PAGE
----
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Washed Out Portion of Highway 34

Big Thompson Canyon

July 31- Aug. 1, 1976

Buried Truck in the Drake Area
Line
To view the summary as a pdf document (printer friendly) click here
Rainfall and Steamflow Data: click here
Damage Estimate: Over $35.5 million
Deaths: At least 139



Meteorology

On Saturday July 31, the air over the Central Plains and intermountain area was abnormally moist and conditionally unstable. A front had been slowly moving southward through the Great Plains during the previous two days. However, by the early evening of July 31, the front had become stationary in an east-west line through Missouri, Kansas, and Colorado, trailing northward in the foothills of the Rockies. Strong thunderstorms, fueled by moisture carried by east and southeasterly winds, developed in a north-south line in the foothills by 6:30 p.m. Over the next four-and-a-half hours, very heavy rain fell over a 70-square mile area in the central portion of the more than 800-square mile Big Thompson drainage basin.

At the time of the storm few rain gauging stations existed in the Big Thompson Basin. The nearest rain gauge at Drake, was destroyed by the flood shortly after 7 p.m. on July 31. The lack of detailed rainfall intensity data in combination with the inaccessibility of the area over which the storm occurred resulted in data depicting only 3-day totals. Unfortunately, these 3-day totals offer little evidence as to rainfall intensities associated with the severe flooding. Therefore, storm total rain amounts have been reconstructed using unofficial precipitation reports in combination with climatological network reports. The most intense rainfall, estimated at more than 12 inches, occurred over the slopes of the western third of the Big Thompson Canyon. More than four inches of rain fell over the entire canyon area from near Estes Park to Drake. Heavy rains also fell to the north over the Cache la Poudre Basin.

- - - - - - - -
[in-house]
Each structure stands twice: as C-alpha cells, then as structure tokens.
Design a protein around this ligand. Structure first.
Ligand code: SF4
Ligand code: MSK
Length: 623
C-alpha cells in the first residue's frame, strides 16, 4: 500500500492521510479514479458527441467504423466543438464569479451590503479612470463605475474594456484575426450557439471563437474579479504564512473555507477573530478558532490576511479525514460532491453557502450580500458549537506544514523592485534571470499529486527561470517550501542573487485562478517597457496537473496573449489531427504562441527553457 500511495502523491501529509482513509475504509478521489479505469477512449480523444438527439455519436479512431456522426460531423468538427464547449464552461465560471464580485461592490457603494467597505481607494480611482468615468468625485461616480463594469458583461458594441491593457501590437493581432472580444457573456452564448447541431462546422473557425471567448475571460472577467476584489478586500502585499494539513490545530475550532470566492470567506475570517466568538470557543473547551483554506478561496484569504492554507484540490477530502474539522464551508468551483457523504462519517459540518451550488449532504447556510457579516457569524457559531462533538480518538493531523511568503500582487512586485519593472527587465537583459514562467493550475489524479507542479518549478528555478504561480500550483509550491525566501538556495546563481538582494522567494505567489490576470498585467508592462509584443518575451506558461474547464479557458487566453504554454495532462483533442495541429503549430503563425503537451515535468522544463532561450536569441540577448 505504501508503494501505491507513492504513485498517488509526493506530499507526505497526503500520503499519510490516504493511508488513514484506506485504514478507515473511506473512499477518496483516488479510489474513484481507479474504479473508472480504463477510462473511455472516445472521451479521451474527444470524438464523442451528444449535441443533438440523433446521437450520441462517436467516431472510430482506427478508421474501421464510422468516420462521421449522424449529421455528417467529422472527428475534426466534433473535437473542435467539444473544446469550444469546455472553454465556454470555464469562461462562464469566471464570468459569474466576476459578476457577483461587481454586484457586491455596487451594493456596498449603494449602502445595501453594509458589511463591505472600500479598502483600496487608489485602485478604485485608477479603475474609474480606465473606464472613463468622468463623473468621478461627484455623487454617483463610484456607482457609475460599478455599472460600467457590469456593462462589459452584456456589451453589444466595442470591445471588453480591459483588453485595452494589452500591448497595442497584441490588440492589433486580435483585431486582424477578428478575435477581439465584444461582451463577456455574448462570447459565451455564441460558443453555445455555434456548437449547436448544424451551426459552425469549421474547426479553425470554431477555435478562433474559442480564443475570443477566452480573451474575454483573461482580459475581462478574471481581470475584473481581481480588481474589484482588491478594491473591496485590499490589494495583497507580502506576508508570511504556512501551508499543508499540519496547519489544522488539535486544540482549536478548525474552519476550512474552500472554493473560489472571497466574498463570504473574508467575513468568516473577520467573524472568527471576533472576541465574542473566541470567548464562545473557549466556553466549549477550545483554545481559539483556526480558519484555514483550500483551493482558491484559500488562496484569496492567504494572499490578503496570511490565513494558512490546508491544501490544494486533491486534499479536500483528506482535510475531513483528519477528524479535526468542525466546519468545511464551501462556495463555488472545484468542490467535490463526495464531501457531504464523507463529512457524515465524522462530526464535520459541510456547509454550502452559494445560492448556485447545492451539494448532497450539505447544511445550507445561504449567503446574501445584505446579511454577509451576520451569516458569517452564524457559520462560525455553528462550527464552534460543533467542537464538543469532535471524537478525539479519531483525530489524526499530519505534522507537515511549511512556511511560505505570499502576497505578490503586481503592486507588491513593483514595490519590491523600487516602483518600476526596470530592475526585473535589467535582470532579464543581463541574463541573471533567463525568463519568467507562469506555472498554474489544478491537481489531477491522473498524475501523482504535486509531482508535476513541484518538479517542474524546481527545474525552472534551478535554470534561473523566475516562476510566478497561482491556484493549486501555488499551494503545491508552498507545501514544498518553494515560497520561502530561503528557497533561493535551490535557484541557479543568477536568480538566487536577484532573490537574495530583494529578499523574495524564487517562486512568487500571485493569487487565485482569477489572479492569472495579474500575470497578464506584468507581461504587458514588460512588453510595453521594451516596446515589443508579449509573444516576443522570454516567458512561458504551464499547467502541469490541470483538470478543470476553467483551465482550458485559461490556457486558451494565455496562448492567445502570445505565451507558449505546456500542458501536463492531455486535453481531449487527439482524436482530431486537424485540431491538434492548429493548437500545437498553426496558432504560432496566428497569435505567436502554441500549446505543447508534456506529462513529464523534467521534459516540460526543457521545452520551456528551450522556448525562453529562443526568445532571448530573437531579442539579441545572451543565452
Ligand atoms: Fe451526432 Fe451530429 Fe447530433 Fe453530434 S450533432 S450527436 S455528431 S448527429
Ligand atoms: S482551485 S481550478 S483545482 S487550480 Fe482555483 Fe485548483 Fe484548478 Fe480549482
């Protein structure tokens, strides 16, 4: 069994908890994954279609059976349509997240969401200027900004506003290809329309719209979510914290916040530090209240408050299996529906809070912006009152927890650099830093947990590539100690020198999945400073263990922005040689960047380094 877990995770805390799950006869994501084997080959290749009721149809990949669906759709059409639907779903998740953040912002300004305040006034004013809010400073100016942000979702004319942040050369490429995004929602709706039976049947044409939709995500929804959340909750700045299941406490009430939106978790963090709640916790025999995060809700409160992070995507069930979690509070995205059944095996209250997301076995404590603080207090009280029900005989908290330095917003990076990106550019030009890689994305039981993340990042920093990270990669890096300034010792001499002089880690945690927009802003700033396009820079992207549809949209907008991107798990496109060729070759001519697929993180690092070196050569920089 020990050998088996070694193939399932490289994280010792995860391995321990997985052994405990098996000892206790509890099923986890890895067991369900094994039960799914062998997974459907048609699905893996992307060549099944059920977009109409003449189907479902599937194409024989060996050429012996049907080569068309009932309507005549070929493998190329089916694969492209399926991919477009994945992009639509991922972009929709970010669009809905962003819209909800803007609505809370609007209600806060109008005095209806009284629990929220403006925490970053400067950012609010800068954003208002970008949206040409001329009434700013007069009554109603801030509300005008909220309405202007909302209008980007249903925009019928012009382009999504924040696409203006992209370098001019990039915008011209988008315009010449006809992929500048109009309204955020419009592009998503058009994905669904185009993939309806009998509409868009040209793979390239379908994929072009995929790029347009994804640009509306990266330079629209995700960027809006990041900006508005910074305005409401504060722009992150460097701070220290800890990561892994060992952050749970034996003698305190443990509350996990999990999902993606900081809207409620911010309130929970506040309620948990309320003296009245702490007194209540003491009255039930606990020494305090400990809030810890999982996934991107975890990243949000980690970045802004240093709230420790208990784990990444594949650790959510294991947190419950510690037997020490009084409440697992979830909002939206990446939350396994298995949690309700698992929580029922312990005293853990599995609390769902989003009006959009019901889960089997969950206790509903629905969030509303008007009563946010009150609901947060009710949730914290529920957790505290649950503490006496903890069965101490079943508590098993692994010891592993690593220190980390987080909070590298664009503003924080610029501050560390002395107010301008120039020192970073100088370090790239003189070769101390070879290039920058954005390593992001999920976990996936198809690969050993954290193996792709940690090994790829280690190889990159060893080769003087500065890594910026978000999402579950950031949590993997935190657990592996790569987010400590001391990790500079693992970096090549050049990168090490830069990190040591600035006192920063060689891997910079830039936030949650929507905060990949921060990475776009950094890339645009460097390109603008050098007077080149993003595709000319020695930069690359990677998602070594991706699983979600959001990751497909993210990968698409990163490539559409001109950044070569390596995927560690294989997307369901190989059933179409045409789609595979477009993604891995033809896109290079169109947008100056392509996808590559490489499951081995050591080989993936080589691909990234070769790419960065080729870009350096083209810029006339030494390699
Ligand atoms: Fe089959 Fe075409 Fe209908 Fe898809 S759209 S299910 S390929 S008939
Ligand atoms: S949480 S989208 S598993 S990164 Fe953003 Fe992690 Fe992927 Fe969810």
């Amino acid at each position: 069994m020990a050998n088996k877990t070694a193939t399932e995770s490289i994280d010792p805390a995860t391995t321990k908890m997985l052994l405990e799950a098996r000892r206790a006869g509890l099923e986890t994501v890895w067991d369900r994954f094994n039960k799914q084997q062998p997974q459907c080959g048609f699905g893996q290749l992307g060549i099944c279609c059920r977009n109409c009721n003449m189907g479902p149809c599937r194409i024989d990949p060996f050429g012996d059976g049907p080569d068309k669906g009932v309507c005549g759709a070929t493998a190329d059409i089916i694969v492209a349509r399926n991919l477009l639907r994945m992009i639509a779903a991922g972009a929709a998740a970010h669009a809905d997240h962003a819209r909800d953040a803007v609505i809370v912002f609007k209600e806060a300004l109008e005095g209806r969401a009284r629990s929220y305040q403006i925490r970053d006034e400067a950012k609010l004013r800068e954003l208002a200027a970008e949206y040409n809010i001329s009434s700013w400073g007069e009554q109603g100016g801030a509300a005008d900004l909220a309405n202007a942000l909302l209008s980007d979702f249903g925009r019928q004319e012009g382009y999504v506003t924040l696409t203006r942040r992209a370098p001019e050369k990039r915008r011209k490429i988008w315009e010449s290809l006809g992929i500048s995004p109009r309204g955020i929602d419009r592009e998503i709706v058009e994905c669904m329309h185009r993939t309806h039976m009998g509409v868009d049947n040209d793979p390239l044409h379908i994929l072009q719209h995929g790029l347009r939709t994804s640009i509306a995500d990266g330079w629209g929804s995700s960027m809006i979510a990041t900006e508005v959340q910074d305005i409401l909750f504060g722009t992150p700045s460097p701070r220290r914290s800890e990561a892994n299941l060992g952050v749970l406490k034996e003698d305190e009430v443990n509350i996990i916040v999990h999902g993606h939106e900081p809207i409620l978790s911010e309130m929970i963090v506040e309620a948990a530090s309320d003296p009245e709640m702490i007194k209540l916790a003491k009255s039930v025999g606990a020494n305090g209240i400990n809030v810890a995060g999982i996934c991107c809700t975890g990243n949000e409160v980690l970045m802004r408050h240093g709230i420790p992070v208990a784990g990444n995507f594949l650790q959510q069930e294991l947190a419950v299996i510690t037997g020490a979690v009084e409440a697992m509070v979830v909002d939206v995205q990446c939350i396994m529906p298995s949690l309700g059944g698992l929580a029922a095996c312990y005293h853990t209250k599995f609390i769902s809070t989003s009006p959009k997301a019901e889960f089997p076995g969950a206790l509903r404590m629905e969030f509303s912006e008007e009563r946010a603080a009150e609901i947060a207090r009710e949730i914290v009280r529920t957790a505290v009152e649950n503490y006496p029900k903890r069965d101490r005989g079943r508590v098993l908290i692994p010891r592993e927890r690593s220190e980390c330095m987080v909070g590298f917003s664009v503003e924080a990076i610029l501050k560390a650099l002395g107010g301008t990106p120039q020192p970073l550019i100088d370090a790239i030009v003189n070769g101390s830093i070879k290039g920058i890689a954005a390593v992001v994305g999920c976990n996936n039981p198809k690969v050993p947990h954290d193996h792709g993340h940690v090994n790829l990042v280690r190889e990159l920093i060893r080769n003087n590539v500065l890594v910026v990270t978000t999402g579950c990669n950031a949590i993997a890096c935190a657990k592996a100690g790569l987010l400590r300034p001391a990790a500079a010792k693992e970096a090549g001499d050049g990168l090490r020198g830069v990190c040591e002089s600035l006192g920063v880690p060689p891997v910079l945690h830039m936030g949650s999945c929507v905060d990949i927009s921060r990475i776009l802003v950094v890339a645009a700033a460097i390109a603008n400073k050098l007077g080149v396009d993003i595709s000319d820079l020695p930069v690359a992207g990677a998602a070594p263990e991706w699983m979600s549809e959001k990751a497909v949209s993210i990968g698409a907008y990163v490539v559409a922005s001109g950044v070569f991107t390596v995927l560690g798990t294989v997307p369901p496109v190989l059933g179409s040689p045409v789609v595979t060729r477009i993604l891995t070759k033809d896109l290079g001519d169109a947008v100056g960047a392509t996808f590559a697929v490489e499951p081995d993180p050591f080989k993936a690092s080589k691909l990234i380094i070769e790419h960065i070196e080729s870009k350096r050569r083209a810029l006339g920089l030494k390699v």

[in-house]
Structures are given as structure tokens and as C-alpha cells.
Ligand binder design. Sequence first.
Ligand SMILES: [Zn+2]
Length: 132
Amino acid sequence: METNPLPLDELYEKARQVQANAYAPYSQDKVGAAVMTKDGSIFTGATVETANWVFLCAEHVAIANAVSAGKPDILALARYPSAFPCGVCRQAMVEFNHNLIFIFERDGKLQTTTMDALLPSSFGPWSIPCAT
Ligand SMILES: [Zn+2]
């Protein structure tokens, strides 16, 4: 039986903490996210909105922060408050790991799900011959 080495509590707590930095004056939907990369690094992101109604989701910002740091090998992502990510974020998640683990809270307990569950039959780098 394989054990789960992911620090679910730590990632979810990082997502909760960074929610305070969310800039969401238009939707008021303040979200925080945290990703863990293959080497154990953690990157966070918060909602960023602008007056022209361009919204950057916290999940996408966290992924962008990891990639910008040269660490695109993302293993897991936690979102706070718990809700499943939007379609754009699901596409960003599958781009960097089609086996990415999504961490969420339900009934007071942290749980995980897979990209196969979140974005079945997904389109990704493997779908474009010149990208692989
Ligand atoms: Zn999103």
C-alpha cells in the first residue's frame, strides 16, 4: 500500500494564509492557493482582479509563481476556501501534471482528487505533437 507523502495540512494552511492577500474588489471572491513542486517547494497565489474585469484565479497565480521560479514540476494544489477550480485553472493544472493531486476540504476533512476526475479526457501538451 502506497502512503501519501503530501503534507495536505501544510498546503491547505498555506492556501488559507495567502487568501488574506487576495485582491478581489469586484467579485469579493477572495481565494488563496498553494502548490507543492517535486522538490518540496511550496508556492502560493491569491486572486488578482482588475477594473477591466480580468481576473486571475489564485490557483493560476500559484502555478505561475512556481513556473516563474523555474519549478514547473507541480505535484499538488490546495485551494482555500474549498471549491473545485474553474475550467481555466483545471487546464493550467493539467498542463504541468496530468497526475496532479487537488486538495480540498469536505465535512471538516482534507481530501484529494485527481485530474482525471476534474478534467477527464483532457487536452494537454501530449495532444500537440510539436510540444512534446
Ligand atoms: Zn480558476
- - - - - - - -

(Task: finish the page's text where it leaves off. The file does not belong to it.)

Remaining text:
Flooding and Damage

The Narrows of the Big Thompson Canyon, the red arrow points to the highway which was completely washed awayThe Big Thompson River, a tributary of the South Platte River, flows through the scenic Big Thompson Canyon. U.S. Highway 34 runs through the canyon, adjacent to the river in many spots. This highway is the main link between the plains, near Loveland, and Rocky Mountain National park. The river basin contains little topsoil and the streambed has steep slopes. The small river is usually only 1 to 2 feet deep and flows rapidly, descending some 2,500 feet through the 25-mile long canyon. These characteristics make the Big Thompson River and Canyon susceptible to damaging flash floods.

Disastrous flash flooding occurred within hours of the first rains. The major brunt of the flood lasted only a few hours, but the flooding was violent and caused much destruction in a very short time. Flooding began below the town of Estes Park and extended down the canyon for 25 miles to Loveland. The flash flood effect was greatly amplified by the constriction of the narrow channel in the Big Thompson Canyon.